Listening and Freedom of Speech

Dominic Burbidge has an insightful essay What It Means to Listen: Free Speech from the Perspective of the Abrahamic Religions posted at the The Witherspoon Institute’s website. He makes the point that Judaism, Christianity, and Islam have a different view of reality from Secularism.

Free speech arguments in Western Europe or North America often demand that persons subject their beliefs to rational discourse and debate. This is supported in the traditions of Abrahamic religions but not through the separation of believer from belief that is characteristic of liberal individualism. For someone of an Abrahamic faith, beliefs are subject to rational evaluation as coherent wholes, which are therefore refuted by an alternative system of thought that is able to display greater unity, coherence, and breadth of application.


The liberal argument for free speech envisages a free exchange of ideas that exposes the irrationality in other systems of thought. What the person of Abrahamic faith resists is not this but the way in which the method of exposing irrationality solidifies a position of moral relativism through which traditions of thought are rejected en masse as forms of indoctrination, dismissing in turn people’s capacity to reason from within them.

From the point of view of a Christian, I’ll note that the Bible describes a God who seeks a personal relationship with each of us. He speaks to us about how we should live while in that relationship. He speaks of how we should relate to the rest of his creation, but in doing so he tells us how to exercise self-control rather than how to control others.

Thus, I believe that people should be generally free to express their ideas and take their own choices, even those I find wrongheaded, so long as they aren’t harmful to others. There is a strain of Progressivism/Modern Liberalism with intellectual roots in soil such as the Prohibition Movement. In many cases the Prohibitionist urge to control the behavior of others (for the others own good) came from what I see as a confused view of Christianity as viewed through the lens of Modern Liberalism. (There’s a long essay lurking in that thought.) That misunderstanding is a source of some of the intellectual tension between Secularists and Believers.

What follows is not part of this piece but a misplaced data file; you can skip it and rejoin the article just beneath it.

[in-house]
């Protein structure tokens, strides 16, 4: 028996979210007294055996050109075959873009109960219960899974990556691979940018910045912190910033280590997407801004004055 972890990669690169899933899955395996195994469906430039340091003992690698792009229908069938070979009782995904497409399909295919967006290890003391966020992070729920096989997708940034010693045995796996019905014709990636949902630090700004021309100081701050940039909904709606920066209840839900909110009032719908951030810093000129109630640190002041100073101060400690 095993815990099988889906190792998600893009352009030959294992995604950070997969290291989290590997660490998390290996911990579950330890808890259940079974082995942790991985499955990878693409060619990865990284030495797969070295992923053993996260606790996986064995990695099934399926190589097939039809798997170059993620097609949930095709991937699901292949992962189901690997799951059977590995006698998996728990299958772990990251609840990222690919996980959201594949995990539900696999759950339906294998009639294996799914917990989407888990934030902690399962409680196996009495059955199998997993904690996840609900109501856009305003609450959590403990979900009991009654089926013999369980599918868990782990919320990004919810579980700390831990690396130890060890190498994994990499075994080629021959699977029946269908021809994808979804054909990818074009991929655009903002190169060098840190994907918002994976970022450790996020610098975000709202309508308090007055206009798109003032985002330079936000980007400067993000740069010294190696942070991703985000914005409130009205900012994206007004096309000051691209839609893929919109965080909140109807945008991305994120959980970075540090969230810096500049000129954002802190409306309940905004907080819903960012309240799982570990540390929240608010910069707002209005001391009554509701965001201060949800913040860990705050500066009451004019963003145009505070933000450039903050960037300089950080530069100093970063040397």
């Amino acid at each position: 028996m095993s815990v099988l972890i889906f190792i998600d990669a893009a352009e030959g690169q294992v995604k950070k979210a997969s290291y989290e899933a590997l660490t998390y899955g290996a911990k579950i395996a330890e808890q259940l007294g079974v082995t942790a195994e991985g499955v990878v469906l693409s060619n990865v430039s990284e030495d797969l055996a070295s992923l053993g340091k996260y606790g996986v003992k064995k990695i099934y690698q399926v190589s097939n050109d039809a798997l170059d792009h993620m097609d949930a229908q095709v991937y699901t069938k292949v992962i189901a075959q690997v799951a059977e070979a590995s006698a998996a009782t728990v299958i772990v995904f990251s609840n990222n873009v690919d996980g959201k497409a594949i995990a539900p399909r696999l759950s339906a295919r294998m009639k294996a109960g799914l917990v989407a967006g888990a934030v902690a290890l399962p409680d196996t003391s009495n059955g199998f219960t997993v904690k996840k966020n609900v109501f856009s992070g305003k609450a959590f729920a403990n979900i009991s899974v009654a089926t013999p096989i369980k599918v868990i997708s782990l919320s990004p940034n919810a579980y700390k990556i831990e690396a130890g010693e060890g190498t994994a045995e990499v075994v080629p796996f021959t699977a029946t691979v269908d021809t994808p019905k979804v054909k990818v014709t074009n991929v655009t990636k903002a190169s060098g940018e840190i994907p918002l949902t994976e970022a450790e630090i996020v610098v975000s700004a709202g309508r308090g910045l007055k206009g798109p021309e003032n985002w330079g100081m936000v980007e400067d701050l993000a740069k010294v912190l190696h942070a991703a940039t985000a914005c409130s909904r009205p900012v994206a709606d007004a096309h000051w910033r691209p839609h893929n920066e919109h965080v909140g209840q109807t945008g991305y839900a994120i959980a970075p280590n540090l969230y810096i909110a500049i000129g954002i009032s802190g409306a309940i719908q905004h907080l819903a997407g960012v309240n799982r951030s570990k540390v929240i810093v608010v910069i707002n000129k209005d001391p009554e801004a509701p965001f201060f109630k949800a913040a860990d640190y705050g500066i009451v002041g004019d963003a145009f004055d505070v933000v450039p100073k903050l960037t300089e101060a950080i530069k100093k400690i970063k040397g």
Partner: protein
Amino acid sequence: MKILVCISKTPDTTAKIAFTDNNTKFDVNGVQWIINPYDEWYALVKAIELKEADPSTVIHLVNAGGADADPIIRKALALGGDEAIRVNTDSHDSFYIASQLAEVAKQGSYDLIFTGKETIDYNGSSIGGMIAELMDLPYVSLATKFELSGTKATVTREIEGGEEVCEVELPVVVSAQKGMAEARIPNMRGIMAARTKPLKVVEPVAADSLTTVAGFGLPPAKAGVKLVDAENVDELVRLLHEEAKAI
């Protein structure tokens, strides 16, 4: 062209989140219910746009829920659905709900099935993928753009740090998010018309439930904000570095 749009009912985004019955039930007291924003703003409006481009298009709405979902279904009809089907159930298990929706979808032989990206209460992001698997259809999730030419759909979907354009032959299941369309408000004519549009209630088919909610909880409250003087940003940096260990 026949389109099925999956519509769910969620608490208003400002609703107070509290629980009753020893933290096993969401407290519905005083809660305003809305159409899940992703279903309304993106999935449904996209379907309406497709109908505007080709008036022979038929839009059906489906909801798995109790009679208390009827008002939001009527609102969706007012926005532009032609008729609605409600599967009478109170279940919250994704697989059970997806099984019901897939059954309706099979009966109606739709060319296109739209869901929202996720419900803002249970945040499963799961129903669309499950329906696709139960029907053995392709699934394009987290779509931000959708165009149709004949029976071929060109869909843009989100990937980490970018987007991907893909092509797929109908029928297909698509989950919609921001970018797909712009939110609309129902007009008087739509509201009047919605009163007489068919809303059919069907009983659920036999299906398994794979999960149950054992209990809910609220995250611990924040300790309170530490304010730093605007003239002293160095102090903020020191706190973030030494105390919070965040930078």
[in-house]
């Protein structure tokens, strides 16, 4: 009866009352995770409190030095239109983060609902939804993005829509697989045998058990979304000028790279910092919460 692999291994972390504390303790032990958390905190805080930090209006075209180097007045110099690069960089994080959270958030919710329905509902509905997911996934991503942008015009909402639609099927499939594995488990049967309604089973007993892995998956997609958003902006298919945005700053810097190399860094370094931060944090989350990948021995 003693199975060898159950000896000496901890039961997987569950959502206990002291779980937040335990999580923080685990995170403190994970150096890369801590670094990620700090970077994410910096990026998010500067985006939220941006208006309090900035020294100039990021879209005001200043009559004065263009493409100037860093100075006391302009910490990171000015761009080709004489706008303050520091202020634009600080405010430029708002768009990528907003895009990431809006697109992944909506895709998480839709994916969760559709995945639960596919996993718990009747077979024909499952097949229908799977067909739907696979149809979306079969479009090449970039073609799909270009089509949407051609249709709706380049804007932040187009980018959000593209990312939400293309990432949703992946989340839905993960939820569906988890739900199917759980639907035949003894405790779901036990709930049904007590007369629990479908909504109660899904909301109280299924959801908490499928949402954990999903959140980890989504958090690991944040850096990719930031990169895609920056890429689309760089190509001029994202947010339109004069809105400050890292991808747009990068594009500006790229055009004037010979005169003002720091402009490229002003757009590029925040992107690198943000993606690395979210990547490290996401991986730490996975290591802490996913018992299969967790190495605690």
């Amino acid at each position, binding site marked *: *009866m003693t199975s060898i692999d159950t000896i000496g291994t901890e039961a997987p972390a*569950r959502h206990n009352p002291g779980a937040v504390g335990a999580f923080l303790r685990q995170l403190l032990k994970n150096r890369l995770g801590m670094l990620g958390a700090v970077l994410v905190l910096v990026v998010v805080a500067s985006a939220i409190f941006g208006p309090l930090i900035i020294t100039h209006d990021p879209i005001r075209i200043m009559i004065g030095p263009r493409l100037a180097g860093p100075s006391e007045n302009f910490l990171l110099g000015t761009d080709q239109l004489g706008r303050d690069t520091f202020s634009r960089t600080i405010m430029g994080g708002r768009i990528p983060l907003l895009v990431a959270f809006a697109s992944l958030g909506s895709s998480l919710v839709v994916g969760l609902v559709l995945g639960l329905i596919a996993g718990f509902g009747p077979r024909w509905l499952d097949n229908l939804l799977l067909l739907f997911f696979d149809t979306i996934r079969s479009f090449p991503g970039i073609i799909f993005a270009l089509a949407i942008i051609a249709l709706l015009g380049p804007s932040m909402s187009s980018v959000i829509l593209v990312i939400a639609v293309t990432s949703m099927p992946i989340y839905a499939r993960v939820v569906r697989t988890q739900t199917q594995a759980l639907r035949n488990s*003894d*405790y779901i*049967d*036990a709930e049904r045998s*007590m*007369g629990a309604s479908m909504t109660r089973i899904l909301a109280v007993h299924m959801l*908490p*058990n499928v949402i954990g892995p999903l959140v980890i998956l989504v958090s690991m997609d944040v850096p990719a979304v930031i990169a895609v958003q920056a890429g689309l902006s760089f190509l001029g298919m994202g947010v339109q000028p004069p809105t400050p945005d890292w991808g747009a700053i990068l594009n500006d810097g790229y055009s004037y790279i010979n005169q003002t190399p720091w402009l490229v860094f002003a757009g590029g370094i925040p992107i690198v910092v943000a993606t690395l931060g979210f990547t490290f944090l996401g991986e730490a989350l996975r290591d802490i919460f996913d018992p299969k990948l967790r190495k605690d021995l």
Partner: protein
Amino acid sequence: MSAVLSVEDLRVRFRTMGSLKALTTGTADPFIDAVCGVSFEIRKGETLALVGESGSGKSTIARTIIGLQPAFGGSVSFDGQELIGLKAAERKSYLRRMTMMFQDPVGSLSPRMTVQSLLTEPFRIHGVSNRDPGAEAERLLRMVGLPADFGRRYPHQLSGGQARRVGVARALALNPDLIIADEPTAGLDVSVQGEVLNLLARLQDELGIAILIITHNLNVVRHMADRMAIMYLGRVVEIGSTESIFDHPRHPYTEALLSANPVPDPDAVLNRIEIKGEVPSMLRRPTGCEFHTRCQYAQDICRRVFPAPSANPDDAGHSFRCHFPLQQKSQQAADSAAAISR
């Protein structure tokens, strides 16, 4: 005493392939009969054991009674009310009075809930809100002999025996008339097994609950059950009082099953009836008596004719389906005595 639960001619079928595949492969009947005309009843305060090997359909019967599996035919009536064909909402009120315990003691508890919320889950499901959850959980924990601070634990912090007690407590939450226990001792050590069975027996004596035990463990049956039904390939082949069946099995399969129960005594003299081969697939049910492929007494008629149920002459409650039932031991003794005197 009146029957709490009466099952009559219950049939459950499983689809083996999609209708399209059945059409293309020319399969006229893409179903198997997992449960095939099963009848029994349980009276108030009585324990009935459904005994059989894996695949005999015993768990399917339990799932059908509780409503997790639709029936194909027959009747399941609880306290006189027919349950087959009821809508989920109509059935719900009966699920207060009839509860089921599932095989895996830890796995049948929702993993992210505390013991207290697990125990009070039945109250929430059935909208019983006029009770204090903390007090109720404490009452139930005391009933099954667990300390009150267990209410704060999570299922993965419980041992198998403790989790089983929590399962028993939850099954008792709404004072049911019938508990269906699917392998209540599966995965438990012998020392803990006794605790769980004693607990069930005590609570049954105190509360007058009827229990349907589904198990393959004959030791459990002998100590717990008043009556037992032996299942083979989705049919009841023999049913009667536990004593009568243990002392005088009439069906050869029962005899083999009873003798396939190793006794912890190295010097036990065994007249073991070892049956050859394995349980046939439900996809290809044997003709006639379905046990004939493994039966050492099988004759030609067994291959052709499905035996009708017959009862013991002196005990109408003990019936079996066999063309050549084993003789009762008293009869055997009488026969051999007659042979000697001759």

In any event, Burbidge’s essay is thought provoking. Read the whole thing.

3 thoughts on “Listening and Freedom of Speech

  1. To your point of Prohibition-style roots of modern Liberalism:

    “Of all tyrannies, a tyranny sincerely exercised for the good of its victims may be the most oppressive. It would be better to live under robber barons than under omnipotent moral busybodies. The robber baron’s cruelty may sometimes sleep, his cupidity may at some point be satiated; but those who torment us for our own good will torment us without end for they do so with the approval of their own conscience. They may be more likely to go to Heaven yet at the same time likelier to make a Hell of earth. This very kindness stings with intolerable insult. To be “cured” against one’s will and cured of states which we may not regard as disease is to be put on a level of those who have not yet reached the age of reason or those who never will; to be classed with infants, imbeciles, and domestic animals.”

    — C.S. Lewis, God in the Dock: Essays on Theology (Making of Modern Theology)

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